These cookies are literal brownies in cookie form. They taste like brownies, look kinda like brownies, and come together just like brownies! The batter is basically brownie batter but with a little more flour and a bit of baking powder.
For these cookies, you’ll whisk the eggs and sugar together until they’re nice and thick – this helps add lift to the cookies. You’ll want to make sure your eggs are room temperature for maximum thickness. Then you’ll add in the melted chocolate and oil and then the dry ingredients. Allowing the sticky batter to sit at room temperature for 30 minutes allows it to thicken just enough that you can scoop the cookie dough without trouble. If you prefer extra round cookies, like me, you can even roll and shape the scooped dough balls on the cookie sheet. The batter will be very soft, but it’s still roll-able. You’ll bake the cookies until they’re cracked and puffy and the centers no longer look wet.
Some of the ingredients I like for this recipe:
Chocolate chips bring tons of moisture and chocolate flavor to these cookies! I recommend using semi-sweet chips and steering clear of any chocolate bars – I’ve found the chips help with the crackly textured top.
Olive oil is a delicious, dairy-free alternative to butter. It’s better for you and, of course, lends a hand to the chewy texture of these cookies.
Instant coffee deepens the chocolate flavor of these cookies. Instant espresso powder works, too. If you don’t have any on hand, don’t fret, the cookies will still be delicious.
Eggs are necessary for traditional brownies, and I don’t recommend using any egg substitutes – the batter may spread in the oven and never set up into cookies.
Dutch process cocoa powder is a richer cocoa powder with more chocolate flavor. These cookies are best with Dutched cocoa! I’ve made them with regular, natural cocoa powder and though the cookies will turn out, they’re not as chocolate-y.
- 1 cup dairy-free chocolate chips
- 1/3 cup olive oil
- 1 tsp instant coffee granules (optional)
- 2 large eggs, room temp
- 3/4 cup sugar (coconut or white cane)
- 1 tsp vanilla extract
- 1/4 cup Dutch process cocoa powder
- 3/4 cup + 2 Tbsp all-purpose flour
- 1/2 tsp baking powder
- 1/2 tsp salt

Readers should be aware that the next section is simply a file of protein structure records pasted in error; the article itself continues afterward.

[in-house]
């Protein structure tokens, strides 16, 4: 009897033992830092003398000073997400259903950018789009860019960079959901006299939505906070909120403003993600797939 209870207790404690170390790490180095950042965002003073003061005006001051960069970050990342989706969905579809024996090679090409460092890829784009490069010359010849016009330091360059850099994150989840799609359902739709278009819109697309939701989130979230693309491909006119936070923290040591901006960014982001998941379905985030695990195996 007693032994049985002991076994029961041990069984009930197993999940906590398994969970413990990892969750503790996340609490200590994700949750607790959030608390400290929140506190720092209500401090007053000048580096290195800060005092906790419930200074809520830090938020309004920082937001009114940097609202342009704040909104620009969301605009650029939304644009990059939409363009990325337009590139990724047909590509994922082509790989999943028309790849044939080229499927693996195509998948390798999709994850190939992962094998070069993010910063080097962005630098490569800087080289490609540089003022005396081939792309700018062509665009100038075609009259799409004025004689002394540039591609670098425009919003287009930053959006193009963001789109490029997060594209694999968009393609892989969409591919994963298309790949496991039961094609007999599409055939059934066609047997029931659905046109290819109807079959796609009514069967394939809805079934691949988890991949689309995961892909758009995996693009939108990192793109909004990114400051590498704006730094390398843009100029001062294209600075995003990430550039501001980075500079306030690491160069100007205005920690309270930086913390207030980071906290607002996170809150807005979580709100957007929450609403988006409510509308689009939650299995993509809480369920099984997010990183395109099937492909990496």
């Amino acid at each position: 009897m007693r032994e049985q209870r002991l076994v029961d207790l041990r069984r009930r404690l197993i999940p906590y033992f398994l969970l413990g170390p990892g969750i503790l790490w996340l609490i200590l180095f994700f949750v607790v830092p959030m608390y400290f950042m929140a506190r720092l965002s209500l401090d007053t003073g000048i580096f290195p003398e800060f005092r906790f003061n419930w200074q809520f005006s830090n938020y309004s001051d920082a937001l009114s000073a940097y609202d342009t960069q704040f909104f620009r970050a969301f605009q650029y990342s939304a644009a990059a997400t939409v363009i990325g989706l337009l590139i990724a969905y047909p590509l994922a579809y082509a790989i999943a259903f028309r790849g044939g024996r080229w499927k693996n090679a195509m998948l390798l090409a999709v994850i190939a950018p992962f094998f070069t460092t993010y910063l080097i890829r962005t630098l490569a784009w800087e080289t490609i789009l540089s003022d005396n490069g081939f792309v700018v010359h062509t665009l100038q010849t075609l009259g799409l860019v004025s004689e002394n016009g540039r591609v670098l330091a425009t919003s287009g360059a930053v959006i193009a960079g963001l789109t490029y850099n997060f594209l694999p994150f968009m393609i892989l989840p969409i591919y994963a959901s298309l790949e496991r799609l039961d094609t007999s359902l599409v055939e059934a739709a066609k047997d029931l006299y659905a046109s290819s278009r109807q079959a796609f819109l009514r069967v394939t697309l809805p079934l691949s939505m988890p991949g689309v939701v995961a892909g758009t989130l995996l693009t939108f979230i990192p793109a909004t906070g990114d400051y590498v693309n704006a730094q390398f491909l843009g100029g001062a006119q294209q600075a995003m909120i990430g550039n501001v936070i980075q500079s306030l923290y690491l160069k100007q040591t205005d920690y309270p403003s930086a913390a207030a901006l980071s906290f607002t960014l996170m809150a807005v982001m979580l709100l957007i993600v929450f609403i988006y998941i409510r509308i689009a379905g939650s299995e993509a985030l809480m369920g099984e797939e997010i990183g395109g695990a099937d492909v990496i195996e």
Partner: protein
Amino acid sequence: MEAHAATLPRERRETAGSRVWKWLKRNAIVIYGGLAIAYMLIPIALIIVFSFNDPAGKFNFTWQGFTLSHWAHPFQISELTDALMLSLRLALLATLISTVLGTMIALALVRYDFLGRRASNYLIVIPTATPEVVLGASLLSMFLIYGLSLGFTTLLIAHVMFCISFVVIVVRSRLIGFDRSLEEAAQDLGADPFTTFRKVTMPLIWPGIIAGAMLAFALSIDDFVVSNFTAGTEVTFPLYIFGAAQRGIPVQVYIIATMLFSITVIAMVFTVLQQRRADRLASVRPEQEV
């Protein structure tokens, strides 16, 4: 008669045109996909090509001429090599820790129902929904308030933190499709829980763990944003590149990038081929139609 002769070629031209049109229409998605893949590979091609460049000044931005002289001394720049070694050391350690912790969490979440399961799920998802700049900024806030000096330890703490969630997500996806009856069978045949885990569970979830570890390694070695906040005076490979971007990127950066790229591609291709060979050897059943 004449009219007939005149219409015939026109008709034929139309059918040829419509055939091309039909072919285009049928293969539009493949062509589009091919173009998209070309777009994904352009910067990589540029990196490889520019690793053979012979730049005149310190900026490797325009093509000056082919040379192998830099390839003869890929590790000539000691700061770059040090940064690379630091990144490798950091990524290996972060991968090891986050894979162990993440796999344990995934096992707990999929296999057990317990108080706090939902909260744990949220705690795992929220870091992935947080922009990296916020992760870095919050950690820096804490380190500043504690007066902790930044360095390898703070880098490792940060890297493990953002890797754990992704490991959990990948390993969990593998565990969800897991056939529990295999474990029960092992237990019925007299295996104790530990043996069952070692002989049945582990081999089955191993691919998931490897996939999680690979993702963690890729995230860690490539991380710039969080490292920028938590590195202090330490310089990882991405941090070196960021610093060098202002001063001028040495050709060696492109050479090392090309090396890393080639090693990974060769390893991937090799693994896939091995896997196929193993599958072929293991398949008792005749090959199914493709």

- Bring your eggs to room temperature by placing them in a glass of warm water for around 10 minutes.
- In a small, microwavable bowl, melt the chocolate chips along with the olive oil and instant coffee. Heat in 30 second intervals, stirring each time, until chips are melted and smooth; set aside.
- In a stand mixer fitted with the whisk attachment, add the eggs and sugar. Whisk on medium-high until thick, fluffy, and light in color, about 5 minutes.
- Meanwhile, in a medium bowl, sift the cocoa powder, flour, baking powder, and salt. Whisk until combined and uniform in color; set aside.
- Once the egg/sugar mixture has fluffed up and thickened, whisk in the vanilla. Then add the melted chocolate mixture and gently fold it into the egg/sugar mixture until totally combined. Add the dry ingredients and mix until just combined.
- The dough will be like a very sticky, thick brownie batter. Allow it to sit at room temperature, uncovered, for 30 minutes. This allows the batter to stiffen up a bit so you can roll the dough balls.
- Preheat your oven to 350°F and line two baking sheets with parchment paper. Scoop cookies, six at a time, 3 Tbsp in size onto one baking sheet. Gently roll and smooth each dough ball (optional). Flatten the tops of the dough balls so they look like thick discs or hockey pucks.
- Bake at 350°F for 8-10 minutes or until the cookies look a bit crackly all over and the centers no longer look wet. Let cool on the baking sheet for 2 minutes. Meanwhile, use the room temperature baking sheet to bake the rest of the cookies.
- Enjoy these cookies warm - my favorite way! Then store any leftovers in an airtight container at room temperature.
Amount Per Serving: Calories: 213Total Fat: 12gSaturated Fat: 4gTrans Fat: 0gUnsaturated Fat: 8gCholesterol: 34mgSodium: 143mgCarbohydrates: 26gFiber: 1gSugar: 22gProtein: 2g
calculated nutrition information may not always be accurate